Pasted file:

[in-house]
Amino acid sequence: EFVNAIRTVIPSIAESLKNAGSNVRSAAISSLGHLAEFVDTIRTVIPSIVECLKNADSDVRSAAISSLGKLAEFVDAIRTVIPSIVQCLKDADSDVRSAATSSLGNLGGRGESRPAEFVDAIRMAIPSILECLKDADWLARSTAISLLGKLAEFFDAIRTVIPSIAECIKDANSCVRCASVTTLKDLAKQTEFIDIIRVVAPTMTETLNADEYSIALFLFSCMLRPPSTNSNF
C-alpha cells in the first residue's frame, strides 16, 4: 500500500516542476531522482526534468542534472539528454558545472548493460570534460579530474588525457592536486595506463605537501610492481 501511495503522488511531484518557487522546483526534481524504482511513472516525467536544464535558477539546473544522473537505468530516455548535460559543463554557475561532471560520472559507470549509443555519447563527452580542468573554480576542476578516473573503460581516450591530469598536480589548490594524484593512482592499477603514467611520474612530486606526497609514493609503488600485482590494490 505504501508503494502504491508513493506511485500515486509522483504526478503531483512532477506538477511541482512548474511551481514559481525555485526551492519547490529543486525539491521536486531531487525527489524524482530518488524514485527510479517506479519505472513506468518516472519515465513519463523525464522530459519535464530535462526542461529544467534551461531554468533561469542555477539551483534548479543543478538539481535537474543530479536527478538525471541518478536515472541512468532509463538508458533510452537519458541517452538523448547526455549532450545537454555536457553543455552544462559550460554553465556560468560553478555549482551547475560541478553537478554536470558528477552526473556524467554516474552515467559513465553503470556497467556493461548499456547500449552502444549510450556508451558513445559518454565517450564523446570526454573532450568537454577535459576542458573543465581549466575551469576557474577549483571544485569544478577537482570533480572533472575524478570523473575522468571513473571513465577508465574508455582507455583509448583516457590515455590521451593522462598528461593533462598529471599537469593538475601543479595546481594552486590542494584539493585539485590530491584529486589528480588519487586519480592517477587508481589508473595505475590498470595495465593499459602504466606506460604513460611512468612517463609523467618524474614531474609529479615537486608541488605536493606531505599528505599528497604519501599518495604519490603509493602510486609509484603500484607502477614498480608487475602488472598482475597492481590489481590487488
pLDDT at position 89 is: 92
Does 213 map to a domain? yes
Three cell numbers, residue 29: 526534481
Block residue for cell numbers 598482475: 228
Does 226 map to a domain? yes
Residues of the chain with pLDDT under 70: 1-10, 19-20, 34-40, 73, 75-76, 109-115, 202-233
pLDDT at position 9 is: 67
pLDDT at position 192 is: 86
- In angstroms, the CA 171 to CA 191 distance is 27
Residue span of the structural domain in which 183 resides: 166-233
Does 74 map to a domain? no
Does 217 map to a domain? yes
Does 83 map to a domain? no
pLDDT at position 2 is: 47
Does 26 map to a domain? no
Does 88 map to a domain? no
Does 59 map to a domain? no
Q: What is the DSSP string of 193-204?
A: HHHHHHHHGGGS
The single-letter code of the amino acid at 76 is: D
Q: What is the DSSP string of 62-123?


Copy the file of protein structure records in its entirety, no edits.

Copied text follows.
[in-house]
Amino acid sequence: EFVNAIRTVIPSIAESLKNAGSNVRSAAISSLGHLAEFVDTIRTVIPSIVECLKNADSDVRSAAISSLGKLAEFVDAIRTVIPSIVQCLKDADSDVRSAATSSLGNLGGRGESRPAEFVDAIRMAIPSILECLKDADWLARSTAISLLGKLAEFFDAIRTVIPSIAECIKDANSCVRCASVTTLKDLAKQTEFIDIIRVVAPTMTETLNADEYSIALFLFSCMLRPPSTNSNF
C-alpha cells in the first residue's frame, strides 16, 4: 500500500516542476531522482526534468542534472539528454558545472548493460570534460579530474588525457592536486595506463605537501610492481 501511495503522488511531484518557487522546483526534481524504482511513472516525467536544464535558477539546473544522473537505468530516455548535460559543463554557475561532471560520472559507470549509443555519447563527452580542468573554480576542476578516473573503460581516450591530469598536480589548490594524484593512482592499477603514467611520474612530486606526497609514493609503488600485482590494490 505504501508503494502504491508513493506511485500515486509522483504526478503531483512532477506538477511541482512548474511551481514559481525555485526551492519547490529543486525539491521536486531531487525527489524524482530518488524514485527510479517506479519505472513506468518516472519515465513519463523525464522530459519535464530535462526542461529544467534551461531554468533561469542555477539551483534548479543543478538539481535537474543530479536527478538525471541518478536515472541512468532509463538508458533510452537519458541517452538523448547526455549532450545537454555536457553543455552544462559550460554553465556560468560553478555549482551547475560541478553537478554536470558528477552526473556524467554516474552515467559513465553503470556497467556493461548499456547500449552502444549510450556508451558513445559518454565517450564523446570526454573532450568537454577535459576542458573543465581549466575551469576557474577549483571544485569544478577537482570533480572533472575524478570523473575522468571513473571513465577508465574508455582507455583509448583516457590515455590521451593522462598528461593533462598529471599537469593538475601543479595546481594552486590542494584539493585539485590530491584529486589528480588519487586519480592517477587508481589508473595505475590498470595495465593499459602504466606506460604513460611512468612517463609523467618524474614531474609529479615537486608541488605536493606531505599528505599528497604519501599518495604519490603509493602510486609509484603500484607502477614498480608487475602488472598482475597492481590489481590487488
pLDDT at position 89 is: 92
Does 213 map to a domain? yes
Three cell numbers, residue 29: 526534481
Block residue for cell numbers 598482475: 228
Does 226 map to a domain? yes
Residues of the chain with pLDDT under 70: 1-10, 19-20, 34-40, 73, 75-76, 109-115, 202-233
pLDDT at position 9 is: 67
pLDDT at position 192 is: 86
- In angstroms, the CA 171 to CA 191 distance is 27
Residue span of the structural domain in which 183 resides: 166-233
Does 74 map to a domain? no
Does 217 map to a domain? yes
Does 83 map to a domain? no
pLDDT at position 2 is: 47
Does 26 map to a domain? no
Does 88 map to a domain? no
Does 59 map to a domain? no
Q: What is the DSSP string of 193-204?
A: HHHHHHHHGGGS
The single-letter code of the amino acid at 76 is: D
Q: What is the DSSP string of 62-123?